Review: Eberstadt's 'It's Dangerous to Believe' Part I

Mary Eberstadt's new book, It’s Dangerous to Believe: Religious Freedom and Its Enemies, is a lousy book. Lousy not because I disagree with its conclusions or perspectives but lousy because her focus is relentlessly off, her knowledge of her subject matter is alternately thin or confused or narrowly constricted, and her consequent conclusions are laughable and often offensive outside the neo-conservative circles whose banner she wields. (Eberstadt has worked at Hoover Institution and Ethics & Public Policy Center, bastions of the neo-con intellectual enterprise.)

And, yet, the reception this book has received in conservative circles tells us all we need to know about the religious liberty campaign these days: Archbishop Charles Chaput recommended Eberstadt's book as one of two he suggested Catholics read in advance of the election; a book launch event at the Heritage Foundation; glowing review at National Review; an interview with Dennis Prager. You would think this tome was a fifth Gospel, so it is worth examining it in some detail.

The central irony of Eberstadt's effort is that the title of her book is correct: It is dangerous to believe, at least for the Christian, but not for the reasons she cites. It is a measure of how distorted Eberstadt's lens is that she can write these sentences:

In short, what many Western men and women of faith feel to the marrow these days is fear. Fear that they will lose the good opinion of their neighbors, family and friends -- because traditional Christianity, especially, is said over and over to stand on the wrong side of history; because religious faith of that particular kind is denigrated across popular culture, and disdained as retrograde or worse in many citadels of higher learning.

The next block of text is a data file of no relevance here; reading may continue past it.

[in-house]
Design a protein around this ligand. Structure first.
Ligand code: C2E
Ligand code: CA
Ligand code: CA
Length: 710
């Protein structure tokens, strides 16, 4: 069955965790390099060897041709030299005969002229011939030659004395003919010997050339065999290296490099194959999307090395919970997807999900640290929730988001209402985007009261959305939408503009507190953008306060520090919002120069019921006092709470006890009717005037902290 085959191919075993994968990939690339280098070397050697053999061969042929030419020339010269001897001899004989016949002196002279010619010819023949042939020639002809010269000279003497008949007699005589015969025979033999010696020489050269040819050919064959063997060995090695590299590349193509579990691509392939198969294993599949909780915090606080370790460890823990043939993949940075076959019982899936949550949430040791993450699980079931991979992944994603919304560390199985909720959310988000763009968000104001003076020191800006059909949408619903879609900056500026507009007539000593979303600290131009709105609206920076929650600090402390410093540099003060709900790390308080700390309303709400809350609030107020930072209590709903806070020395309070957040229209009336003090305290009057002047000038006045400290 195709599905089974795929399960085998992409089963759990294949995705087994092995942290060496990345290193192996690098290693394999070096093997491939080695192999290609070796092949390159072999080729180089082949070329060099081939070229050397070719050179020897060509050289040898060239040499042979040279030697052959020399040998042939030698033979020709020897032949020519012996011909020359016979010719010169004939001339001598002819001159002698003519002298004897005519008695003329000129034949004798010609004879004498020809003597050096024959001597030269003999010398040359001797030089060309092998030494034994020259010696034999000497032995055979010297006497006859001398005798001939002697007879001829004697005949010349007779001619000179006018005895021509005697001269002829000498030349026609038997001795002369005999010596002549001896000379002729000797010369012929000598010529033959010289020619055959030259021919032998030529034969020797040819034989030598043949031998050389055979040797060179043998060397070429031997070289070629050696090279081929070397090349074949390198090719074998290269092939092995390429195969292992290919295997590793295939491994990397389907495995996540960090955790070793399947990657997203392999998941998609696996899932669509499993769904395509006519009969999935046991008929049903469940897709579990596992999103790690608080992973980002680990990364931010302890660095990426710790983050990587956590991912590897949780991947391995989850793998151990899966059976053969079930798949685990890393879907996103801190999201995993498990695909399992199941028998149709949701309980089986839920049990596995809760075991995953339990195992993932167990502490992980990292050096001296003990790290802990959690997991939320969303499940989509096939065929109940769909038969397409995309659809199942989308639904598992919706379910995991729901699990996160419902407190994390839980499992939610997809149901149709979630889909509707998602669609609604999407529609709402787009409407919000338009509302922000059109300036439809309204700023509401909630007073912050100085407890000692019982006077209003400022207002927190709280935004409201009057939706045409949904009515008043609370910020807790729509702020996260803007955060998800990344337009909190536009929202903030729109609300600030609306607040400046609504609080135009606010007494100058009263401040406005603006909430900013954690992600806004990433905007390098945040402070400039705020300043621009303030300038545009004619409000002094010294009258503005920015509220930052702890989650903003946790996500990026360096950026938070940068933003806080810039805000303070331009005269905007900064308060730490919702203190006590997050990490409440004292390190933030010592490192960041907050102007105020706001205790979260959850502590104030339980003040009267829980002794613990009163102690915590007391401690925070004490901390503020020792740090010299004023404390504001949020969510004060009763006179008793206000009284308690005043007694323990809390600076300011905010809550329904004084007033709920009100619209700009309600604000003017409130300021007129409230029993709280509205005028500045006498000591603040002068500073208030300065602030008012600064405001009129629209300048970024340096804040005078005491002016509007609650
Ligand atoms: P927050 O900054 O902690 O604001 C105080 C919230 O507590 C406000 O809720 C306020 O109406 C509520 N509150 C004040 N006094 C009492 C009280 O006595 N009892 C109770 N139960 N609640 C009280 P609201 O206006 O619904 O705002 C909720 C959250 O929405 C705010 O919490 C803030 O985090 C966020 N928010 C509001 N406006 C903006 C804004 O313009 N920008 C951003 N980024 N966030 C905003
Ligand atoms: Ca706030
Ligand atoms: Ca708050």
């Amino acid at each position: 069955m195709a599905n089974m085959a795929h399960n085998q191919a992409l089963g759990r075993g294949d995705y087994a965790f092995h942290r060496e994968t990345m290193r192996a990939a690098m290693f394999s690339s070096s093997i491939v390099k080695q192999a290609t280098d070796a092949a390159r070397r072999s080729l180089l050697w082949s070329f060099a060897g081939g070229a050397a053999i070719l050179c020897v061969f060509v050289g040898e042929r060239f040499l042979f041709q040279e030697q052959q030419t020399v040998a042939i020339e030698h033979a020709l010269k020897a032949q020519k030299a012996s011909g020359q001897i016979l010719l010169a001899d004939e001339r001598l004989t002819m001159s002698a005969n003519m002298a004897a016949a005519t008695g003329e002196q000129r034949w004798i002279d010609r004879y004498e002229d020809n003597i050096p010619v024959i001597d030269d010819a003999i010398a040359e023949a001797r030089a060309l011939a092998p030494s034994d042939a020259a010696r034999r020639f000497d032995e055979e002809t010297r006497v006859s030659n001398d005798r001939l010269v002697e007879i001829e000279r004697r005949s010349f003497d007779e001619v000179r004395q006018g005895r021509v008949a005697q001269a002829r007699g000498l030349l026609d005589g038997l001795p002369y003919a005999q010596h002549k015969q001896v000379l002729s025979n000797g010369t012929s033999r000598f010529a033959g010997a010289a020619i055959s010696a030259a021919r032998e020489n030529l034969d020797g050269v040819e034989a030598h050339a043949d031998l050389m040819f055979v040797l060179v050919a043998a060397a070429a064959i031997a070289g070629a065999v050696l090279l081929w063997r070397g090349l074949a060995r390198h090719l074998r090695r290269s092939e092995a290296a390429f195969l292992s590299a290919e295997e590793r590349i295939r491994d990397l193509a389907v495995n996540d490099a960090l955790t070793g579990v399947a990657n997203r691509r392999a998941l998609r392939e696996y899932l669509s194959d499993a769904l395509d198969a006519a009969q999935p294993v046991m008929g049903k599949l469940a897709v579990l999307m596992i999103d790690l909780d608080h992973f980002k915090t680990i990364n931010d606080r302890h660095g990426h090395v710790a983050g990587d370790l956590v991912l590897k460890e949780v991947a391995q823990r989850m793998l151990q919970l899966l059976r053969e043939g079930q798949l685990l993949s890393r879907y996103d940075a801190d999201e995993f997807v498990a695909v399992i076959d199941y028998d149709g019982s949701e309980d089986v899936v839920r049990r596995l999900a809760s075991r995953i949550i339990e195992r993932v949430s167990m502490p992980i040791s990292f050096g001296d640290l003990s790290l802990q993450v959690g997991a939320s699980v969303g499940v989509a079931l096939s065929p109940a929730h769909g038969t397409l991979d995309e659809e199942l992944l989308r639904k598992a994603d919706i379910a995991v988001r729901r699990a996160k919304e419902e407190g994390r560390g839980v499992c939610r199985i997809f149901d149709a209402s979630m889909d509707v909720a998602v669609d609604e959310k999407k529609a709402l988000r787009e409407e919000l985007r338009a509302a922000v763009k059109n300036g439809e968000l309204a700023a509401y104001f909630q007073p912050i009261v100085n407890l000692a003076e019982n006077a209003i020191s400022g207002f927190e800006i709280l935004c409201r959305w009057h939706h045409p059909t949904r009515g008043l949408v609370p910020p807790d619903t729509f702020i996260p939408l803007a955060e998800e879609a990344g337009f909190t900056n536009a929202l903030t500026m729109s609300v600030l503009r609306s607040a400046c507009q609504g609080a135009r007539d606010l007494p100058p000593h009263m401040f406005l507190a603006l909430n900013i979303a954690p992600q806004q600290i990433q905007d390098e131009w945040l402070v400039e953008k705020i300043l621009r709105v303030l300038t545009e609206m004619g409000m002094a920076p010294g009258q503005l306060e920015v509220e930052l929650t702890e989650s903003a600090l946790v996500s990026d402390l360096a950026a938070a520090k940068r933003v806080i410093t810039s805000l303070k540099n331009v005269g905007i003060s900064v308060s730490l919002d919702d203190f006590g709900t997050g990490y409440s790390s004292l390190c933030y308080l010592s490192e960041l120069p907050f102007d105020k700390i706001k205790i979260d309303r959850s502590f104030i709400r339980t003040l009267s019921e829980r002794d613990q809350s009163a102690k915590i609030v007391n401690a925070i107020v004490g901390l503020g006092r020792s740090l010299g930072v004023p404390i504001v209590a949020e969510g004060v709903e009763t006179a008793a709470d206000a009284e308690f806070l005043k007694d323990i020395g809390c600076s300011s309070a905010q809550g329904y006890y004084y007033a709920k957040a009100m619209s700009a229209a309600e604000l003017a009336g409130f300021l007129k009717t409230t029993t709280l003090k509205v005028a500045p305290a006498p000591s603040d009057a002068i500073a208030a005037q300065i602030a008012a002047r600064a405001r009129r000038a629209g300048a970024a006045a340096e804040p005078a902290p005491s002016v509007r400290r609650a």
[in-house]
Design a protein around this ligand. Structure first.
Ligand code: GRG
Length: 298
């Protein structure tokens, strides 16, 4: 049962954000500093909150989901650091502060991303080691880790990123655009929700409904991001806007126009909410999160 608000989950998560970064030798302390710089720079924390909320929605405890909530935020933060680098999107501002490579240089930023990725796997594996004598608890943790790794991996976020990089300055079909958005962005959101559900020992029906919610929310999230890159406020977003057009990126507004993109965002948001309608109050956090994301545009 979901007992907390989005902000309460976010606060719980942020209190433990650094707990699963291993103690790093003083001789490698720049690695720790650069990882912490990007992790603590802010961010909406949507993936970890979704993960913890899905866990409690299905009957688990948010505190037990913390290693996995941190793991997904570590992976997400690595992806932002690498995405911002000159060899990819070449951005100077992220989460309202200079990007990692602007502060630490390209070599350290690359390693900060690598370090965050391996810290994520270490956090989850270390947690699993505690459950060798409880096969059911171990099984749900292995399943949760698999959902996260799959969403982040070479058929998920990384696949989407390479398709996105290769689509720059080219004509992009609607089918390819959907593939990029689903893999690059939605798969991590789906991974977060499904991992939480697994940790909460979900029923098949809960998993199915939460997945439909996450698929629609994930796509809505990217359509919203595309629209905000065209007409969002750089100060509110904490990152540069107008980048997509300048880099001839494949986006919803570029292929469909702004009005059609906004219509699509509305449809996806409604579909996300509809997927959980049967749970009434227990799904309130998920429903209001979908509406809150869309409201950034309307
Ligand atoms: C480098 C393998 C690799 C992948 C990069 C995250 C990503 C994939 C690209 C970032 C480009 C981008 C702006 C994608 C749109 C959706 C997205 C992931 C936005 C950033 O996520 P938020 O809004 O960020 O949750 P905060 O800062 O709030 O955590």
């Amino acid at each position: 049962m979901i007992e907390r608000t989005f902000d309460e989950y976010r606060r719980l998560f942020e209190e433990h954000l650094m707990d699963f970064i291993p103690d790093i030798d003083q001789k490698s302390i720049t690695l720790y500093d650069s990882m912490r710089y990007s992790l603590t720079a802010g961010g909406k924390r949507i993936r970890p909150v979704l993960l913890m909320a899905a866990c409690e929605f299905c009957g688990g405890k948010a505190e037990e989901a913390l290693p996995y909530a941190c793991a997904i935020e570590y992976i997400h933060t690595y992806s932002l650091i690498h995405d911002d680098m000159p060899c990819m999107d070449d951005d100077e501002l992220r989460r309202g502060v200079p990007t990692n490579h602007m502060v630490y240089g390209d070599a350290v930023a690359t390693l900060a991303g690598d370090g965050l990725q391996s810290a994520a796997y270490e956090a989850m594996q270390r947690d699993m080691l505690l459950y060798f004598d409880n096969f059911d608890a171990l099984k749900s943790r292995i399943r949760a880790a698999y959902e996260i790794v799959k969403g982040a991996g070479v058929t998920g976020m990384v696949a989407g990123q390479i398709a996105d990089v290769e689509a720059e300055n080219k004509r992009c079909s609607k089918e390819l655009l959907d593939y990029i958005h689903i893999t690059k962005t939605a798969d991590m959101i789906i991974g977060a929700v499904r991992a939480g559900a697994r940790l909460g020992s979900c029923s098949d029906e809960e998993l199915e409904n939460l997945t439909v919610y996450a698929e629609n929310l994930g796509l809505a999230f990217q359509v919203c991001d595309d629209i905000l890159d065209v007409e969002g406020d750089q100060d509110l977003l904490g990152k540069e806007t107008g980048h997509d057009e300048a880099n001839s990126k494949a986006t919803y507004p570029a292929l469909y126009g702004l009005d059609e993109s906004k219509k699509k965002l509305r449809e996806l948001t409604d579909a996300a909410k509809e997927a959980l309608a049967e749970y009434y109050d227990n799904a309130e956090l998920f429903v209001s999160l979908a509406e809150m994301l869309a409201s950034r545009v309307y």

Oh, my God! The next thing you know, you might be disinvited from the best cocktail parties or snubbed at the club! This catalogue of upper-middle class anxieties -- not getting the right internship, being shunned in professional circles, worrying about appearing "too religious" -- this is not the danger of the Gospel. It is dangerous to believe because we are called to believe that "He has cast down the mighty from their thrones, and has lifted up the lowly; He has filled the hungry with good things, and the rich he has sent away empty," in short, that God's values are not the values of the world, and that the Christian is called to take up his cross and follow Him.

Eberstadt frets that in the Supreme Court case on same-sex marriage, Obergefell v. Hodges, "unlike any other case in Supreme Court history, this one could attract no blue-chip firms and no celebrity lawyers, to argue one side of the case -- i.e., against the claim that there is a constitutional right to same-sex marriage -- for fear of the professional and personal consequences." Imagine having to slum it with non-blue-chip legal counsel! I read that last item on the checklist and wondered if Eberstadt had ever once complained about the quality of legal assistance afforded to America's indigent population.